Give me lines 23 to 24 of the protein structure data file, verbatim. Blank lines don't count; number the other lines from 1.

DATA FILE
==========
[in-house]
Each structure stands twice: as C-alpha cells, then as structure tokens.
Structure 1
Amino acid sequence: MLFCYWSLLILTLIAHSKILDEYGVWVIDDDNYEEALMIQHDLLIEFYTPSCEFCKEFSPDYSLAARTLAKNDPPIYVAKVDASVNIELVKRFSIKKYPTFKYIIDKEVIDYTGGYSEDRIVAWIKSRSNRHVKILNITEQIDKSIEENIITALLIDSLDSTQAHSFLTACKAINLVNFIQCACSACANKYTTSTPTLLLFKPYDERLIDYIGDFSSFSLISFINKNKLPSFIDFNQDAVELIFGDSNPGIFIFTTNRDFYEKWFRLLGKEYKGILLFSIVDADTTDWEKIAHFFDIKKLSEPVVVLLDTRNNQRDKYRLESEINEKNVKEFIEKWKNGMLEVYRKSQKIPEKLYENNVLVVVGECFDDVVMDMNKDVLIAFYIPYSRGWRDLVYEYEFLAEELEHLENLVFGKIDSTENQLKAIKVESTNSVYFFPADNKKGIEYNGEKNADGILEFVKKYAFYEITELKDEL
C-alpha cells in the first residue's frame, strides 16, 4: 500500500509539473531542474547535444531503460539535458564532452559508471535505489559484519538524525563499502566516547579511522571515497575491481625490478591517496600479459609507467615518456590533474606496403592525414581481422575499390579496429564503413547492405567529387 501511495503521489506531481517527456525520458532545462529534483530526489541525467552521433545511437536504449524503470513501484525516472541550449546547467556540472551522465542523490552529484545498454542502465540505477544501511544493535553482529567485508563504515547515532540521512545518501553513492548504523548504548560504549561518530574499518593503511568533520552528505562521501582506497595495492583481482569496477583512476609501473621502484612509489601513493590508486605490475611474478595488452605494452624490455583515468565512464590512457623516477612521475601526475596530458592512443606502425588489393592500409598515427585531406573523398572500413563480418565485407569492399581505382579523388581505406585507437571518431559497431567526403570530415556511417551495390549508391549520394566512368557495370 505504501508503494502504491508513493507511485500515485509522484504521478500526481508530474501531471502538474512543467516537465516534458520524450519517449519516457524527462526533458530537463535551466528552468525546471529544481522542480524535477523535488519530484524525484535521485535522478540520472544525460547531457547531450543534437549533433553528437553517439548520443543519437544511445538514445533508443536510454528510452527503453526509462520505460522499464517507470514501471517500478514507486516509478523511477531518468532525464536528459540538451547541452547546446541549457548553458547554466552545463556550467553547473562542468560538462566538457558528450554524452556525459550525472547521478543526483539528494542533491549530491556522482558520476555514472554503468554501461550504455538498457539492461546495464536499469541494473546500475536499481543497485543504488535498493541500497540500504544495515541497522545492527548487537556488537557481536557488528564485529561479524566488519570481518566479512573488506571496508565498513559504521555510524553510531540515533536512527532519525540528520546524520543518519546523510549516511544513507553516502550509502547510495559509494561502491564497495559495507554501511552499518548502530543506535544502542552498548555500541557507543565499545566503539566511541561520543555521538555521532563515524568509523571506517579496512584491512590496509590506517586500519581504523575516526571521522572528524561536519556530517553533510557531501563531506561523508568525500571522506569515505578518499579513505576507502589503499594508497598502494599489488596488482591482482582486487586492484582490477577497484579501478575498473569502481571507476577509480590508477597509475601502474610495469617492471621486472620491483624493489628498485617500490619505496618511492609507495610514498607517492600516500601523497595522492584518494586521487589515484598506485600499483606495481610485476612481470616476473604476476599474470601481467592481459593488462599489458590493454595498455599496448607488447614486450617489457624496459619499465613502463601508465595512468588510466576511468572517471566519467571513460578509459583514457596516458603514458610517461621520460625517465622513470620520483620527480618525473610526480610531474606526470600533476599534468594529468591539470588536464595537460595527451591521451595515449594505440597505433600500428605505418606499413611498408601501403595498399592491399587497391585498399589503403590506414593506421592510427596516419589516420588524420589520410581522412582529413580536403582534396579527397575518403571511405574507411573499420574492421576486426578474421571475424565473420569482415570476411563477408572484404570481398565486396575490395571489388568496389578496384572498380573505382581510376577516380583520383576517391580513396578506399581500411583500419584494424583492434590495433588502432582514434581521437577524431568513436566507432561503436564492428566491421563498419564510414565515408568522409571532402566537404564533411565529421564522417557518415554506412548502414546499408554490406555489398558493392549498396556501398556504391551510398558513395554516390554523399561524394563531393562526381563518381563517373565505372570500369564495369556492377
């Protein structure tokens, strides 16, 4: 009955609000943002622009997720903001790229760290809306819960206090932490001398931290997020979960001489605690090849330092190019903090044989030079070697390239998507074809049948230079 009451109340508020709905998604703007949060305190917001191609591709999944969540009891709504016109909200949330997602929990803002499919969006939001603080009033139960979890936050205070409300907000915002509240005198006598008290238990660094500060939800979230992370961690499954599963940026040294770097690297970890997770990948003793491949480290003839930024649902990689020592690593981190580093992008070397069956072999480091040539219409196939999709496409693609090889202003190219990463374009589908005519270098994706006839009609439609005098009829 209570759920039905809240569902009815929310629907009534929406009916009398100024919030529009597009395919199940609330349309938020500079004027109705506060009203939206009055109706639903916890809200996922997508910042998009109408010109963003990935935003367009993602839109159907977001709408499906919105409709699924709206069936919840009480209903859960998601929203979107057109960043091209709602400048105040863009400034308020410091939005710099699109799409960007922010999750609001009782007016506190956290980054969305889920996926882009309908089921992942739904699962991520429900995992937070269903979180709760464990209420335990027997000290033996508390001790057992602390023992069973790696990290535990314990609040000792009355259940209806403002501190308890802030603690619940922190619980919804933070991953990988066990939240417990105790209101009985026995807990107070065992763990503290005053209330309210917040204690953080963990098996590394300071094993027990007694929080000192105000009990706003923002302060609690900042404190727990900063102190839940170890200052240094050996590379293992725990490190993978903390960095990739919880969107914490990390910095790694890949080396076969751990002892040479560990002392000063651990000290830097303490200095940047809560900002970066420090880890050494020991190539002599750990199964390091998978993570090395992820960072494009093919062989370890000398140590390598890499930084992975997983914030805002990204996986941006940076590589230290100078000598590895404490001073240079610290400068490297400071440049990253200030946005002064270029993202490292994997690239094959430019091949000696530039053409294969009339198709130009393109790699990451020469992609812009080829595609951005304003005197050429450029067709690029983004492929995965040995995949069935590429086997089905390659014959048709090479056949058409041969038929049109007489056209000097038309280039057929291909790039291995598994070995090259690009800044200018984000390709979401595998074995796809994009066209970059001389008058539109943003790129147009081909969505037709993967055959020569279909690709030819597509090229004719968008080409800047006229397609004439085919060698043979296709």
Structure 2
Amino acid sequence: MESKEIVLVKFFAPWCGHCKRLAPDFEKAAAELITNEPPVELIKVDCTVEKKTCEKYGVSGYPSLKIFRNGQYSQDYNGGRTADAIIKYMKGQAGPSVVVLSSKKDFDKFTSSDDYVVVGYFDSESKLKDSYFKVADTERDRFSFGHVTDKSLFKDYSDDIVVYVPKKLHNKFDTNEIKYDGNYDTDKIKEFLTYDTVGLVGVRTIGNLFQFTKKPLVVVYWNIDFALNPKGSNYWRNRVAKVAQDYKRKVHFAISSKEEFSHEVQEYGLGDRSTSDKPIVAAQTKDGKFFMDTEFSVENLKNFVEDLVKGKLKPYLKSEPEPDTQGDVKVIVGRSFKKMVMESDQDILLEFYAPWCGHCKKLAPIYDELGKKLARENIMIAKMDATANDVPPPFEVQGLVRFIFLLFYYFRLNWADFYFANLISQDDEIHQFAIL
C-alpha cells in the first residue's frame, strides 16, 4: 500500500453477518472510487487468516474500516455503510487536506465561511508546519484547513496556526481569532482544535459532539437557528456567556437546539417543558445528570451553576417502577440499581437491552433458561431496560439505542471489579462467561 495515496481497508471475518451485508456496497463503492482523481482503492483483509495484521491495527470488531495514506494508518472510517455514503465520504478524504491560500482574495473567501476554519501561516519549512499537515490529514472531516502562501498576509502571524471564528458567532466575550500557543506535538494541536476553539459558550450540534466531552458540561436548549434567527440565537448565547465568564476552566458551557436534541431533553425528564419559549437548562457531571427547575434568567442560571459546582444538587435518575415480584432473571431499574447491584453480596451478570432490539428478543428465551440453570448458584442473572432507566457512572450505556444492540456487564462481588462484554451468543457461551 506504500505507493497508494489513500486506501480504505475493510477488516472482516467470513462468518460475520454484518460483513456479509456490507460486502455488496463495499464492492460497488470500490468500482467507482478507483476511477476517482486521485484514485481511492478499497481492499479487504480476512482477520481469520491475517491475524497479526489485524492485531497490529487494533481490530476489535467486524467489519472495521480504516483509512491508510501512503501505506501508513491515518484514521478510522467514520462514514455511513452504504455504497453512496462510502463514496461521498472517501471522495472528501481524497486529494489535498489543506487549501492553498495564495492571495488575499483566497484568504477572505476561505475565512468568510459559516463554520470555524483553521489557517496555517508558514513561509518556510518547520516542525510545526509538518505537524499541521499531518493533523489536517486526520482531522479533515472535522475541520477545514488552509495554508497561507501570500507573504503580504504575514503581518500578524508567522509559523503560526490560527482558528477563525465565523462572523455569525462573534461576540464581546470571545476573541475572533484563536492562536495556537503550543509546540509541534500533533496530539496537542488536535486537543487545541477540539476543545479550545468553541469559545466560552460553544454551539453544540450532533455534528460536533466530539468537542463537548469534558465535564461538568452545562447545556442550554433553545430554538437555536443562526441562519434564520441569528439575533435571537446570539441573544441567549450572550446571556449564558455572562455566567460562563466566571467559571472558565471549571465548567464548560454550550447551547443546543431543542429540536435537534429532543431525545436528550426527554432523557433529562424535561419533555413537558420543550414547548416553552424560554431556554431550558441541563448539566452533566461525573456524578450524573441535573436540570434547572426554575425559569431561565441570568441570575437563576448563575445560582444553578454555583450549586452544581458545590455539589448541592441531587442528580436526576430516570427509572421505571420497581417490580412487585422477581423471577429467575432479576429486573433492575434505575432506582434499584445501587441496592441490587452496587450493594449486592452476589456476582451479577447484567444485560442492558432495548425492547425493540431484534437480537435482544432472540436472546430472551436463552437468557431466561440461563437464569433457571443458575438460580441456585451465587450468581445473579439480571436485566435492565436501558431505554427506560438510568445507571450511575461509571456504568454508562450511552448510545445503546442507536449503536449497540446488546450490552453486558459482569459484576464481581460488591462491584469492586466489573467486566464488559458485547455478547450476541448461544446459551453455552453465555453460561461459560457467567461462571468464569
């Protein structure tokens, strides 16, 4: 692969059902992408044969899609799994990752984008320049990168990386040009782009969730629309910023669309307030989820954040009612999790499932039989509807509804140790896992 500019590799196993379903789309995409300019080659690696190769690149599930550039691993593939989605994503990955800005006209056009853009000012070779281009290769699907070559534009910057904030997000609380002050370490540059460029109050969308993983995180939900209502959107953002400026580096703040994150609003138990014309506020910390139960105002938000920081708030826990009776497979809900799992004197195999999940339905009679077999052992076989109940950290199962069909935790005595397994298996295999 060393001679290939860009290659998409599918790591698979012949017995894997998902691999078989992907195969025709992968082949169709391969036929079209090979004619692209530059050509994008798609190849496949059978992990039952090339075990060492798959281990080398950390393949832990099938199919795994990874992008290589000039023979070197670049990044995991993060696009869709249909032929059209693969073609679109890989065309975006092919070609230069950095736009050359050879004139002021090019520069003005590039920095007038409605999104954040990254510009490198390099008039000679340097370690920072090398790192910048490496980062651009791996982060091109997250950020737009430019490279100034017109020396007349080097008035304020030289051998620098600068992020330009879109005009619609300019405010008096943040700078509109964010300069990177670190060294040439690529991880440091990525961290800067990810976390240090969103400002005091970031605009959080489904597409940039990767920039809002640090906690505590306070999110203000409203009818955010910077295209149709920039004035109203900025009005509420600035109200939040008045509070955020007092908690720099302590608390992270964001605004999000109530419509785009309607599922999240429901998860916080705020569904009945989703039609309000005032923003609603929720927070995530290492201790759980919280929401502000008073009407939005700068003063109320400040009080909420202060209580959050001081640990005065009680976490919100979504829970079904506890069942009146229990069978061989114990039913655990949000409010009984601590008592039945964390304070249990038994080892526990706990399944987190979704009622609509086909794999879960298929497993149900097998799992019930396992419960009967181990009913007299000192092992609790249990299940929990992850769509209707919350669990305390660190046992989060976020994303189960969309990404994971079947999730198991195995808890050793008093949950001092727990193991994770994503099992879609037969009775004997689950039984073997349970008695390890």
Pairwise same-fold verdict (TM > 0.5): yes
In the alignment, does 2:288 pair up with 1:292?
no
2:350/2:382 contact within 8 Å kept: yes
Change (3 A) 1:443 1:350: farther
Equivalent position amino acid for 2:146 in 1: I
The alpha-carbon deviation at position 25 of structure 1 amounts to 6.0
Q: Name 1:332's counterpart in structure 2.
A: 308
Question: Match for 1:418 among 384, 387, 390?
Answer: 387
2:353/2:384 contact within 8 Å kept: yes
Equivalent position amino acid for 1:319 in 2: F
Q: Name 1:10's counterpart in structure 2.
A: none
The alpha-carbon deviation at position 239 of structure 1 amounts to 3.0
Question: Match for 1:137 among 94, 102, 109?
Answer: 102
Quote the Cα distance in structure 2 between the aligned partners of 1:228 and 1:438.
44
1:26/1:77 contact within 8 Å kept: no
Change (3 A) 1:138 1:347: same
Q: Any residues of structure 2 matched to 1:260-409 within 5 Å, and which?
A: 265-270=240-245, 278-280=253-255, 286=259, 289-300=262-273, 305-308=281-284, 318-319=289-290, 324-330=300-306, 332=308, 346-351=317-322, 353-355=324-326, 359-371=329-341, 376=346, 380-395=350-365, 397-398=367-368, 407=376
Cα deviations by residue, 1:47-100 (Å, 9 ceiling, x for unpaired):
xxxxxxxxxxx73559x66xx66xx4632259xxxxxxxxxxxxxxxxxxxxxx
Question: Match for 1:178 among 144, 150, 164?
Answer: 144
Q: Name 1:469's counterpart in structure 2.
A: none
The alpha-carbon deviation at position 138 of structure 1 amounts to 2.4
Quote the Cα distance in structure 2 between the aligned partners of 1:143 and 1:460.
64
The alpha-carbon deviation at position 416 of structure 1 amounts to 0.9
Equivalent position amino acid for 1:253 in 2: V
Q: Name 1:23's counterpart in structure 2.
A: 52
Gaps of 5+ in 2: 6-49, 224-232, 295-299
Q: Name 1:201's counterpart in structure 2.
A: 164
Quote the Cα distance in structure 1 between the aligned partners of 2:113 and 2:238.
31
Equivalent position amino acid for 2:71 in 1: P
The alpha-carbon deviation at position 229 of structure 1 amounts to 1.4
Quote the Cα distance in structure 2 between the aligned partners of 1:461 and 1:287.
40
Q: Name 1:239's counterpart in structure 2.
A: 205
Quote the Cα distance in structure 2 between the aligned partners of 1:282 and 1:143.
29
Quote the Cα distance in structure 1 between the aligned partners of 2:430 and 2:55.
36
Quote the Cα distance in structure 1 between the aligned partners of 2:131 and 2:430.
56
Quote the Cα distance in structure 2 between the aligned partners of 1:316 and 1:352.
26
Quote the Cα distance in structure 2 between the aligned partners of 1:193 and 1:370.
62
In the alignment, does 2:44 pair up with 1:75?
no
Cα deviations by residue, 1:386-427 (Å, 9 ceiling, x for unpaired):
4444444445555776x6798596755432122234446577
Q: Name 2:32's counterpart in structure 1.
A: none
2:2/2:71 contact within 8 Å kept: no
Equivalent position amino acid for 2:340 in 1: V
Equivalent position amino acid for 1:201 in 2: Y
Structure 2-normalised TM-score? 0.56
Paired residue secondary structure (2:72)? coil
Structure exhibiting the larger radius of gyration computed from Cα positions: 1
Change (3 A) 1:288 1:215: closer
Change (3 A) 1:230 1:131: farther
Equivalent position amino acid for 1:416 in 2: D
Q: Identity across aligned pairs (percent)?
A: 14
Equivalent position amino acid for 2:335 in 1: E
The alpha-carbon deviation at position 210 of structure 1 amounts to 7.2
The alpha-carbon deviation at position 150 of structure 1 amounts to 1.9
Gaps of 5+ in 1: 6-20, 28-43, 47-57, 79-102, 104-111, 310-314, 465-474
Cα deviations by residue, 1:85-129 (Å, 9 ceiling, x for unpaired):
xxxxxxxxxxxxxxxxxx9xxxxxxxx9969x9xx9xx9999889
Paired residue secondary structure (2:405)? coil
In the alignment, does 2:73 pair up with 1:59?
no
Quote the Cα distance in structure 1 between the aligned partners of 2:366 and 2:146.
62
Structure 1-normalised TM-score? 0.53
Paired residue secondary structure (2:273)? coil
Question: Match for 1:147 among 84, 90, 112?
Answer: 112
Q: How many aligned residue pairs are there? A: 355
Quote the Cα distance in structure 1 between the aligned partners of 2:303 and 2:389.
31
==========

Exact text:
Equivalent position amino acid for 1:319 in 2: F
Q: Name 1:10's counterpart in structure 2.